Tuesday, December 18, 2012

The Case of the Mysterious Night Visitor

Last month some of our residents reported mysterious nocturnal visitors who were leaving shallow cuts of rolled up turf in their backyards:

One of them sent the pictures to a friend who came back with the verdict: Raccoons!

Apparently, raccoons search for grubs under the turf, which we are particularly susceptible to because of the newly-laid sod. According to eHow:
"Raccoons enjoy eating grubs and worms. Consider raccoons as your pests if you know you have problems with grubs in your lawn. Shredded grass or patches of rolled grass are signs of raccoon activity."
Our lawncare contractor says, however, that the grubs are probably not near the surface at this time of year, and the animal is probably searching for where it has found grubs in the past -- and because it is not finding them, it is ranging over a wide area.

Although this specific issue belongs to the individual homeowners, we understand from those who have done some gardening that there are lots of grubs in our soil (probably from Japanese beetles), and that it won't be effective to treat only a small area.

Our course of action:
  • Next year we will add a couple of pesticide treatments for the entire community to the lawn program, which will help the roots of your grass, and follow up with annual applications each summer. Fortunately, this fell within the lawn maintenance budget as the mowing contract was lower than planned for.
  • In the meantime, putting the turf back in place and/or applying repellent will be up to the homeowners affected.

For those interested in the full recommendation from our contractor:
"The damage is being done by a raccoon, skunk, fox or some other nocturnal animal. It is there looking for grubs, which it has found in the past.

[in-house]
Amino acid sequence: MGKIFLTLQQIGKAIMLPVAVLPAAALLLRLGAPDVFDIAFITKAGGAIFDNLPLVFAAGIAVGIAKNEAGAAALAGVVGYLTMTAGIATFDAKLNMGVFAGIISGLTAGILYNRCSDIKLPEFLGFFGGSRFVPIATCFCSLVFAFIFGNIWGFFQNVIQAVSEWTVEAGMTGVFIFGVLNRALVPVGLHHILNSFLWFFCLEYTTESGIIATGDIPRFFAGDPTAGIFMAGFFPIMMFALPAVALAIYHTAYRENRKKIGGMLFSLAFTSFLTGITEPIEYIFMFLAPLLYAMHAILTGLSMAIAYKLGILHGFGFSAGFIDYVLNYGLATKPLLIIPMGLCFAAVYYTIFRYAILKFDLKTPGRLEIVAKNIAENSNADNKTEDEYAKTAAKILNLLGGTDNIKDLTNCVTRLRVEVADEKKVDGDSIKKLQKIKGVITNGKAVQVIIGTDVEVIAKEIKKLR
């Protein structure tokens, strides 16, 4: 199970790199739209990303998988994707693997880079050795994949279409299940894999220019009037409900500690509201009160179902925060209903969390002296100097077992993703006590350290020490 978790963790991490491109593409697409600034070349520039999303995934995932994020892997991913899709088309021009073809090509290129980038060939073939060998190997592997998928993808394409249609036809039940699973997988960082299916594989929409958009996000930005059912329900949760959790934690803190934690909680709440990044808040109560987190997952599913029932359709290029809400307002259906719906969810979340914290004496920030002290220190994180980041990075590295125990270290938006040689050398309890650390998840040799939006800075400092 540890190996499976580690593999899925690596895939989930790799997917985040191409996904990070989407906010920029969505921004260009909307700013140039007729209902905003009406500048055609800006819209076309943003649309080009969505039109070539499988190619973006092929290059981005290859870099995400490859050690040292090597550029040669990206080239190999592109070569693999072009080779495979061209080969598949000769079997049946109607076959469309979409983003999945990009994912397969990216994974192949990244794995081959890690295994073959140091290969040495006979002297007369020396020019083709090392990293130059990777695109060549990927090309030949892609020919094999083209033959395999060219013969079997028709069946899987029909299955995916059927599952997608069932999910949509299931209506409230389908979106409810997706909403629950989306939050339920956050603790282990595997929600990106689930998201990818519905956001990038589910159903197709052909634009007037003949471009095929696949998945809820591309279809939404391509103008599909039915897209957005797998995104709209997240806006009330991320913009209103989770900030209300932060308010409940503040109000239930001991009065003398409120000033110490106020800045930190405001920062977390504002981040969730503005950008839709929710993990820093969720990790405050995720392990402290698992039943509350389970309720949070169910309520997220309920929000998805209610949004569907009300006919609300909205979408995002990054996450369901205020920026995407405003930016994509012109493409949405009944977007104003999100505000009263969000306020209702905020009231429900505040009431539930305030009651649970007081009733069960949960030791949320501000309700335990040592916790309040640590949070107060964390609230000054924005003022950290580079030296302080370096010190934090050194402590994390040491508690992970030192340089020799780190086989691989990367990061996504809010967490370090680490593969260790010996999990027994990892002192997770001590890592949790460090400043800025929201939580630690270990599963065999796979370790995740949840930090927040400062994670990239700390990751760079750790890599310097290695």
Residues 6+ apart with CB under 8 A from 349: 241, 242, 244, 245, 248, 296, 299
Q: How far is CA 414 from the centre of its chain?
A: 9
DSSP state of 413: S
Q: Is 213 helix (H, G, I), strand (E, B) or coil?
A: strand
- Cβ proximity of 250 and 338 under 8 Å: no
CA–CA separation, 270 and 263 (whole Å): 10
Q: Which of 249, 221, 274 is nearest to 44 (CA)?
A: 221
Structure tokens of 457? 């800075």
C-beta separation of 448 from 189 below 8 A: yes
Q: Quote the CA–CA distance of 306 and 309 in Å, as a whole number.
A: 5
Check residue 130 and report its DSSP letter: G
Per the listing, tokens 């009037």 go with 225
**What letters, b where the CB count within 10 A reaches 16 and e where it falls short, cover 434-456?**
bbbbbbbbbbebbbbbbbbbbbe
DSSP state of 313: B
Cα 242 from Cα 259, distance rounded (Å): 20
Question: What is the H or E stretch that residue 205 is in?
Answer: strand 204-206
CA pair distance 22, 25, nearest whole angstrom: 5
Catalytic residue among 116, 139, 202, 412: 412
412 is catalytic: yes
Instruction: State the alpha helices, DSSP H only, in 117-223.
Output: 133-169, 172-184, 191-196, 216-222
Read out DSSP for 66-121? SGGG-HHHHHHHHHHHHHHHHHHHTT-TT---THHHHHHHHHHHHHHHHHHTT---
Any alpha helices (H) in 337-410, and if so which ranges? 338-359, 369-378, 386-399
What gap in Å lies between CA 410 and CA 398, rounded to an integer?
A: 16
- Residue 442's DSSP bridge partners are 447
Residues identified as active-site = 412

Currently, I do not believe you will find any grubs close to the surface, like in spring or summer. The insect goes down into the soil to winter over. What we are seeing is the animal looking for them, and they aren’t there, which is why [the] damage is so wide spread over the area. If there were grubs there would be very large attached areas of damage, instead of a lot of small areas, like it is now. 
I would not recommend putting any insect control down at this point for it will not be effective in taking care of the grubs or preventing the animal from continuing to look for them...I am recommending that next year, late Spring and again in midsummer, to put down a grub control on the property. 
The spring application will take care of those grubs that are currently there [in] the turf areas, and the summer application will take care of any newly hatched eggs that are laid by the Japanese Beetles. This treatment will give control for the remainder of the year. 
After 2013, you will only need to treat in midsummer. Once the animal doesn’t find grubs where it is digging, it will stop. I have seen this at another property and it took us [a] year to a year and half to cut down on the digging. This year there were three or four small areas that were dug up."

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